Salvatore Capozzoli, Jr. June 7, 1932 - November 14, 2020.
Sal was the son of Salvatore Capozzoli, Sr. and Anna Roberti Capozzoli, an immigrant
from Caserta, Italy. He also had a sister fifteen years his senior, Jennie Capozzoli
Forlingieri who adored him as a second mom.
Sal grew up on Federal Hill. His dad was a waiter at the Old Canteen on Atwells Ave.
It's still there. Sal would shine shoes on the steps. There were men who would have
him shine their shoes only to ask him to do it again right after he had finished. His dad
got wise to what was going on and told Sal no more. It was good money. Later Sal
would also work in the restaurant, first washing dishes, then waiting tables, and
eventually hosting weddings. He was a great detail guy.
As a teen Sal endured a tragic accident. He was hit by a ball while playing baseball
and lost his left eye. This injury would redirect the course of his life. No longer could
he focus on sports, but he was a good and diligent student, and a good Catholic. His
dad approached the priests who frequented the restaurant, saying that his son, Sal,
would like to become a priest. They said it wasn't a good idea. Priests need to read a
lot and the boy had only one eye.
For a bit I know he drove a hearse-that is until a guy they picked up for morgue
transport started to groan. From there he chose pharmacy. I wish I knew more about
Upon graduating from the RI College of Pharmacy he began to teach there. One day at
the school he saw a pretty secretary through a window. He turned to his buddy and
said, "I'm going to marry that girl." He asked her out and she said no as she already
had a boyfriend. But it didn't take long and she parted with the boyfriend and the rest
is history-a 64 year long history with his beloved Josephine.
Sal was a hard worker, eager to provide for his quickly growing Catholic family. He had
four children, Steven, David Paul who died at two days old, Sharon and Christopher.
They were the twinkle in that good eye. Sal was also eager to do well by his employers.
He was an icon at Delta Drug in North Providence. He was so good at what he did, and
customers grew to love and rely on his knowledge and genuine care for their well
In the winter of 1963 he and Josephine made a rather daring purchase. Their friends,
Joe and Betty had just bought a beach house in Bristol. Sal and Jo thought it would
be great to own the house next door. It wasn't for sale, but they approached the owner
anyway, and they soon became the buyers of a little shack of a house on the Kickemuit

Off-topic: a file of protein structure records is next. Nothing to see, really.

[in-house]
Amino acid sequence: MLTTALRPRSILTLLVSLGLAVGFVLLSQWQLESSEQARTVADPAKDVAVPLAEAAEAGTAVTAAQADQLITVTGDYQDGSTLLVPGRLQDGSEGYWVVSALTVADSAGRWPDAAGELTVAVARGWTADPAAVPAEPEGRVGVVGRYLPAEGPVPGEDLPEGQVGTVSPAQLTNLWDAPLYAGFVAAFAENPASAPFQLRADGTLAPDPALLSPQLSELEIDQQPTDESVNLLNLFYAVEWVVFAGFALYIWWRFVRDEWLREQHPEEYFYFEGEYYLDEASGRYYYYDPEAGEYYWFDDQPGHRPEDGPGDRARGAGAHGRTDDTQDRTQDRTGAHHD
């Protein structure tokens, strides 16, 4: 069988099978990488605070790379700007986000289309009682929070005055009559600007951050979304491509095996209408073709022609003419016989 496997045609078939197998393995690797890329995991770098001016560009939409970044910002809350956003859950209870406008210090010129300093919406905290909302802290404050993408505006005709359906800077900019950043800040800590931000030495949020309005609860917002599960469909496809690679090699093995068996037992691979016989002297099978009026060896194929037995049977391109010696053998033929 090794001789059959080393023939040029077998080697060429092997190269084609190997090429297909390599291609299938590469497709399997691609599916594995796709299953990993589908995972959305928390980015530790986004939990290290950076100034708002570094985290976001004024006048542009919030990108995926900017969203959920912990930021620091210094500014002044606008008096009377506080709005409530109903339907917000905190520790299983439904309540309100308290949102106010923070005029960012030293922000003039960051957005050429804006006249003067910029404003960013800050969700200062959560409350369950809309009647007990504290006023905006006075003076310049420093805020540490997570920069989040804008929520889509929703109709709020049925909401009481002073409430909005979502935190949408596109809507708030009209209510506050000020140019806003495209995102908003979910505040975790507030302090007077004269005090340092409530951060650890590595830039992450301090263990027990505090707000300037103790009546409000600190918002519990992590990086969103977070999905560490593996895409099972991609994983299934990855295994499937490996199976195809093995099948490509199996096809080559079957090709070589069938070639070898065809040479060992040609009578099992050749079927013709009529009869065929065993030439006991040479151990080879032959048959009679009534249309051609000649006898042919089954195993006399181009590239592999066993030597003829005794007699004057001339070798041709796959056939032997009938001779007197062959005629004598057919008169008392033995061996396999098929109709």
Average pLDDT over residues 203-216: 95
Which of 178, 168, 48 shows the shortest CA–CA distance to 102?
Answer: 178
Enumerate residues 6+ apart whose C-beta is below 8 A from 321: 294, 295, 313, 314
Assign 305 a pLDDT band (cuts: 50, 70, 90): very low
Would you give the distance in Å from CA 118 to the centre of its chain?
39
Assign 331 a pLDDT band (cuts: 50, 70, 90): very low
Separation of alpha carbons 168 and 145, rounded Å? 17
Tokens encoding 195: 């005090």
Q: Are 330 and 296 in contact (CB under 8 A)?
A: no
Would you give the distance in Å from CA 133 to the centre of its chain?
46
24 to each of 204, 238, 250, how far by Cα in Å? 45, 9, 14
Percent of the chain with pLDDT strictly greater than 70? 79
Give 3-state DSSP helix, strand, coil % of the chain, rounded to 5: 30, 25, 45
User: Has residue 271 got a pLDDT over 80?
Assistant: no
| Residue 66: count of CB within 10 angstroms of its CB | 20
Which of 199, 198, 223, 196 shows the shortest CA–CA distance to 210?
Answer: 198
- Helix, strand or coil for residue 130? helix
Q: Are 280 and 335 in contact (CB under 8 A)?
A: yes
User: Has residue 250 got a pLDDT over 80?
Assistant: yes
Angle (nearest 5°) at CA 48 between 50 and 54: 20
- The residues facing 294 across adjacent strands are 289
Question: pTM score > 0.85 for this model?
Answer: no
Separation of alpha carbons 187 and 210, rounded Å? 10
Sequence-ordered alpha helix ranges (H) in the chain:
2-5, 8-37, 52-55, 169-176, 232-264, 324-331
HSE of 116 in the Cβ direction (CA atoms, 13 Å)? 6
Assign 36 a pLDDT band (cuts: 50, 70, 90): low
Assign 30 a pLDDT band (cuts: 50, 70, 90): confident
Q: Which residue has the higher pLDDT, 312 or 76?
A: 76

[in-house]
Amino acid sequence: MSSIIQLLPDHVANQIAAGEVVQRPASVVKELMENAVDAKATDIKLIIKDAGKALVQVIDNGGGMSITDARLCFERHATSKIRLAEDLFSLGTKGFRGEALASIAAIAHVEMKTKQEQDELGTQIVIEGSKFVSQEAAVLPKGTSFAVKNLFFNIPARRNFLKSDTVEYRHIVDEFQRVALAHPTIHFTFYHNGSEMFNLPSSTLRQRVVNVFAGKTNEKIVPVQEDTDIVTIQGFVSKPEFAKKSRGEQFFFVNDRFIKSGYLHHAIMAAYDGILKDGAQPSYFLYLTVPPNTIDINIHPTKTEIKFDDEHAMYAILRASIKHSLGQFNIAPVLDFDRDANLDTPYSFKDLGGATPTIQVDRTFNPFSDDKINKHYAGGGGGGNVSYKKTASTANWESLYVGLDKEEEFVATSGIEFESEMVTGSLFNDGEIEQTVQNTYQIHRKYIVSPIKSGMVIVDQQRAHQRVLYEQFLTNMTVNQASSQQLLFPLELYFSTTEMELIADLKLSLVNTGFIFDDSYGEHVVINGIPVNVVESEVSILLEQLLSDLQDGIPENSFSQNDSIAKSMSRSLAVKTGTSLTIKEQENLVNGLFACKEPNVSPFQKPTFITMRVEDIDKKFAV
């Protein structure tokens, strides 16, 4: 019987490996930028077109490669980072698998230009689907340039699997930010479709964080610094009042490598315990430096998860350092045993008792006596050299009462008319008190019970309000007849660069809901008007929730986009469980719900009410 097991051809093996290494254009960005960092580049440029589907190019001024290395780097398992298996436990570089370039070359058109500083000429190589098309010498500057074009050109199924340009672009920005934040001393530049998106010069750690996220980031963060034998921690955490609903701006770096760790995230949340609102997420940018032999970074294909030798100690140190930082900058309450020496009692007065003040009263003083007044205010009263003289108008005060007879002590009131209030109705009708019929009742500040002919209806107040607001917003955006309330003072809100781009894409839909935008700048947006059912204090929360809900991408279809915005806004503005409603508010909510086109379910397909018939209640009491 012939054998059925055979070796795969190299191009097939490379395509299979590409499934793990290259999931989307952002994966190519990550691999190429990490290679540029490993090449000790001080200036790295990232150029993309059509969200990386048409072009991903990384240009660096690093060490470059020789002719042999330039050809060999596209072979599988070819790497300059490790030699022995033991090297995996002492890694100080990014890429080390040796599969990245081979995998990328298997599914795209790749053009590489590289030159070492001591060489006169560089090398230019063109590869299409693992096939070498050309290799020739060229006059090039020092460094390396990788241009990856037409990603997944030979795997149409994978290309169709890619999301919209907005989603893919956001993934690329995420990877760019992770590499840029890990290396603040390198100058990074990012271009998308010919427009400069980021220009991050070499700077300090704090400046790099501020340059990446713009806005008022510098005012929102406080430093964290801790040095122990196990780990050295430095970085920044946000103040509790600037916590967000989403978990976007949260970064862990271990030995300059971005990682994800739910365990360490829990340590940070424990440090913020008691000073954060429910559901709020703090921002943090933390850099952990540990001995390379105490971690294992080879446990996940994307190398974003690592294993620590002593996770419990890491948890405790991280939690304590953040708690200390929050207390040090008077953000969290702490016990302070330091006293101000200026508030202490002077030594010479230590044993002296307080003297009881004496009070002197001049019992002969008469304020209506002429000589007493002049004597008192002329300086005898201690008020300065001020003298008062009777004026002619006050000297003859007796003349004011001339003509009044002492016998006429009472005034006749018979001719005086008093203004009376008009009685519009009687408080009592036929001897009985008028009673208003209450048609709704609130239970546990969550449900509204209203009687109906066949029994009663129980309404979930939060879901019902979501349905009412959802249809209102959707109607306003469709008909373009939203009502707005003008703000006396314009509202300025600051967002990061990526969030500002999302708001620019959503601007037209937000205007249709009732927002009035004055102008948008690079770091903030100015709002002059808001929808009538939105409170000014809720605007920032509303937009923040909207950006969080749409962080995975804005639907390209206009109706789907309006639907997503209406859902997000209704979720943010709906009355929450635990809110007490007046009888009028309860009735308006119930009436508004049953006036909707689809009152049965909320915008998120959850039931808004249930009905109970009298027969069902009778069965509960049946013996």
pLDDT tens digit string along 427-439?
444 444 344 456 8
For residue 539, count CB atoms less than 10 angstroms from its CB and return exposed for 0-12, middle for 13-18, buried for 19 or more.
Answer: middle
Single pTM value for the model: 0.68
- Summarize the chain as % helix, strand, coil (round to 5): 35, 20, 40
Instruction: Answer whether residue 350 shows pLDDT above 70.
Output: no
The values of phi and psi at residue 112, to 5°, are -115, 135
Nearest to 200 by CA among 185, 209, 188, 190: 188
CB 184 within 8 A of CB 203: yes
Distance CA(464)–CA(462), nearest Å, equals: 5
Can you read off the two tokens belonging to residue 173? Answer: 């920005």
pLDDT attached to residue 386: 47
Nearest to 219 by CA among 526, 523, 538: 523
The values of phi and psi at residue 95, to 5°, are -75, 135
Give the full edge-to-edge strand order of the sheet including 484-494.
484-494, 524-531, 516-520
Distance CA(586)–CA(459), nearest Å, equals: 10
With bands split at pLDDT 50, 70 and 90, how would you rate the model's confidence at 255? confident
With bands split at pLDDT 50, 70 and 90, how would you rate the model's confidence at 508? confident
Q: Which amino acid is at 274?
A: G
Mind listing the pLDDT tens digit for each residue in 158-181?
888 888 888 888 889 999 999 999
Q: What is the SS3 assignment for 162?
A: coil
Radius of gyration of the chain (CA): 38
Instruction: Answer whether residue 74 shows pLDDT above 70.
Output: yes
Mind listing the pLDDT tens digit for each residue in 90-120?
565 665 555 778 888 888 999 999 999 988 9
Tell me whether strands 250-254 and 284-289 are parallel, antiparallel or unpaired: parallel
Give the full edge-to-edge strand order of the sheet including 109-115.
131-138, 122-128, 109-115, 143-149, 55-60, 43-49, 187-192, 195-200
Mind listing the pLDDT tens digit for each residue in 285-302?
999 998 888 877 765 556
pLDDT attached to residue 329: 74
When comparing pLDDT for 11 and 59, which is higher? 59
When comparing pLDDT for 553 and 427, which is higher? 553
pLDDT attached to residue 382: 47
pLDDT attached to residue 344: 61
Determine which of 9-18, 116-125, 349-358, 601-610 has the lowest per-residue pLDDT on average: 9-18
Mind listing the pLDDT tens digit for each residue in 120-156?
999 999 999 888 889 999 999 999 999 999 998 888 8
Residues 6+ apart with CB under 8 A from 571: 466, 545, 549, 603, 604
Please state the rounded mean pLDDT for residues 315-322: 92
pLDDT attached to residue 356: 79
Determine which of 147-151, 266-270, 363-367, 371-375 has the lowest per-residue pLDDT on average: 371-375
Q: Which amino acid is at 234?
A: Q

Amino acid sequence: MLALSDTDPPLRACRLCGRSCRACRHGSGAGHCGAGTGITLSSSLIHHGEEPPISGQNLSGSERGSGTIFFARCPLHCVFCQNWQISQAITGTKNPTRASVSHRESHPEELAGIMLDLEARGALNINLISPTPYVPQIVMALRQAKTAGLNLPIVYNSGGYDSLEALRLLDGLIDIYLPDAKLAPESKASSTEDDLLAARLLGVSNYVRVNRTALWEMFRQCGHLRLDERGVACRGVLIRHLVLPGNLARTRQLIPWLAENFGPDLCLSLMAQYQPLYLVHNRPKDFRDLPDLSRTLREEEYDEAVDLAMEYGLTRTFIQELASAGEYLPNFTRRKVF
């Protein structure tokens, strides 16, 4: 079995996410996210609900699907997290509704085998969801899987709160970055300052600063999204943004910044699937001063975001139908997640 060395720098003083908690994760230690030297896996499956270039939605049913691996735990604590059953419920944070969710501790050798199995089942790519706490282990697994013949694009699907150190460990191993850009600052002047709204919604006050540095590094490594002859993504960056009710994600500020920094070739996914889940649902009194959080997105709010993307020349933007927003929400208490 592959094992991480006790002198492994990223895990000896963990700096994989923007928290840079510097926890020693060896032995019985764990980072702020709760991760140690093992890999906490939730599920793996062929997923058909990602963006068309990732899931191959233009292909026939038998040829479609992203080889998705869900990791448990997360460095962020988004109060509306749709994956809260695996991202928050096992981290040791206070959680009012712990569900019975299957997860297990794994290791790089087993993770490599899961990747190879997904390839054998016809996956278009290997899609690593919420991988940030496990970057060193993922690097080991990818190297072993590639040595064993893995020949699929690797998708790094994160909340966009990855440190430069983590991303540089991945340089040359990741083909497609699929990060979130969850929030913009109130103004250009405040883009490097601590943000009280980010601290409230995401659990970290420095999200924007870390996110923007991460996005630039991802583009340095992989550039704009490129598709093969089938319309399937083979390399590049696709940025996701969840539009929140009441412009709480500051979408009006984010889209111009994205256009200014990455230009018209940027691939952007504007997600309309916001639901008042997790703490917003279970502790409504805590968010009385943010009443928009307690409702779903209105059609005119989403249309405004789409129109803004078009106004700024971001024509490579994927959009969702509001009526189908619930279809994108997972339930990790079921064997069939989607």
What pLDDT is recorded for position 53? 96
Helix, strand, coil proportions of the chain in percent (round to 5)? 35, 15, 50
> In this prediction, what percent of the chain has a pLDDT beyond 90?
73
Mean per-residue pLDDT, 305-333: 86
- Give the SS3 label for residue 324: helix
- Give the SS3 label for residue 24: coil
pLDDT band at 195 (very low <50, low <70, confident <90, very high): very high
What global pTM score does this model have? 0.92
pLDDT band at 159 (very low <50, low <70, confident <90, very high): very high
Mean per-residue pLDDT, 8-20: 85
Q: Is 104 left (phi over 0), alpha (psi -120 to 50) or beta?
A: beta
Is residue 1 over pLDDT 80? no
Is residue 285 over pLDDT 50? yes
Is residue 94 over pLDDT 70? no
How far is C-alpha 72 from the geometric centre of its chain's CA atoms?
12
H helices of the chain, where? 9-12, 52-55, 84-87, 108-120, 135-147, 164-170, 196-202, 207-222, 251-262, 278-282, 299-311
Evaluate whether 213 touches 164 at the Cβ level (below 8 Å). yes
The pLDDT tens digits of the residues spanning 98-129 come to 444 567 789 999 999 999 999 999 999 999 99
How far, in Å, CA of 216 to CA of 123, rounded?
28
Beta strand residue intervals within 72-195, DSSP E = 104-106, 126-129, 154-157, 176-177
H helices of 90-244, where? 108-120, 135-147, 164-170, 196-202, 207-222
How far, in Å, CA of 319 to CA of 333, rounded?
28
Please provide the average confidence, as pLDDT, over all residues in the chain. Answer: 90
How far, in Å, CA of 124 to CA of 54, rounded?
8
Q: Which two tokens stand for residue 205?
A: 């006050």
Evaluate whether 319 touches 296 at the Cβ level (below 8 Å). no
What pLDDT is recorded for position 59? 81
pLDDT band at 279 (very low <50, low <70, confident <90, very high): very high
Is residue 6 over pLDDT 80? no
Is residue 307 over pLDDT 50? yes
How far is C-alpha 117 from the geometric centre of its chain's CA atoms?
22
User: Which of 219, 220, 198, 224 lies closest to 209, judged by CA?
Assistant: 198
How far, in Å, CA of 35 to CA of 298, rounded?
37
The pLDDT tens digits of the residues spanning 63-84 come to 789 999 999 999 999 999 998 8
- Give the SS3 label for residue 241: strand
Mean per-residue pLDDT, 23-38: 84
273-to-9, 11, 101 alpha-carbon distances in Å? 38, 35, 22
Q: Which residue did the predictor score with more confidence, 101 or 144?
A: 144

River. Their parents were appalled.
I share this story because in so many ways this little leap of faith and vision
dramatically affected the course of our family. Summers were now filled with
swimming and boating but also filled with relationships that were meant for destiny and
purpose. Through these dear friends, my parents and subsequently us kids, came to
know and pursue the Lord. Out of that relationship, and a love for the things of God,
Betty and Joe along with my parents and a few friends founded what is today
Community Covenant Church in Rehoboth. Sal and Jo served there for 40 years.
During that time my dad was ordained as a pastor. No one wants to date a pastor's
kid. Although he taught on occasion it didn't take long to see that his calling was in
pastoral care. I cannot count the number of people he counseled in that most private
capacity. Sal was also a man of prayer. He always had an index card in his breast
pocket with names of people to pray for throughout the day. He also developed this
little gimmick of giving people tongue depressors on which he had written a scripture
or word of encouragement. He was a funny guy that way.
Dad had always wanted to be a doctor but didn't see how he could provide for his
family and go back to school. But that dream never died, and in his 70's he completed
his Ph.D. He loved to learn. We have the books to prove it.
Love endures but the body not so much. At the age of 80 Sal finally retired from
pharmacy. He continued to counsel for at least another five years. More time was now
spent with Josephine and visits with the grandkids. He has six grandkids-Sharon and
Jim Hanon's girls, Jillian & Samara; Steve and Debbie Capozzoli's kids, Shelby and
Jeremy; and Chris and Linda Capozzoli's sweet ones, Madison and Taylor. In 2017 he
gained Travis DeLong, Jillian's husband. Grandkids provided him with new students.
Pain became a more constant companion. Walking became difficult and in June of
2020 a fall landed him at Silver Creek Manor in Bristol. It may not have been so bad if
it were not for the restrictions of Covid-19. No longer able to touch, he lost the comfort
of his beloved Josie. They remained true and strong for one another through multiple
daily phone calls. Burger King and Eskimo King became the food of royalty.
On November 11th it appeared that Sal had had a stroke. His body had had enough,
and frankly, he had had enough of his body. His mind was set on seeing Jesus. He
was ready. He had done all he could. And he had done so much. He passed quietly
on the evening of Saturday, November 14th. Josephine was able to be close through
the wonderful technology of an iPad. At his final breath at 5:55 p.m. all she could do
through tears was sing, "Grace, Grace, God's Grace...." Theirs had truly been a life of
grace for which they were always most grateful.
Please remember Josephine in your prayers, and feel free to call her for a visit-
because grace continues....
A memorial service will be held at His Providence Church, 262 Swansea Mall Drive,
Swansea, MA 02777 on Saturday, December 5, 2020 at 2 p.m.
Thank you for loving our Sal.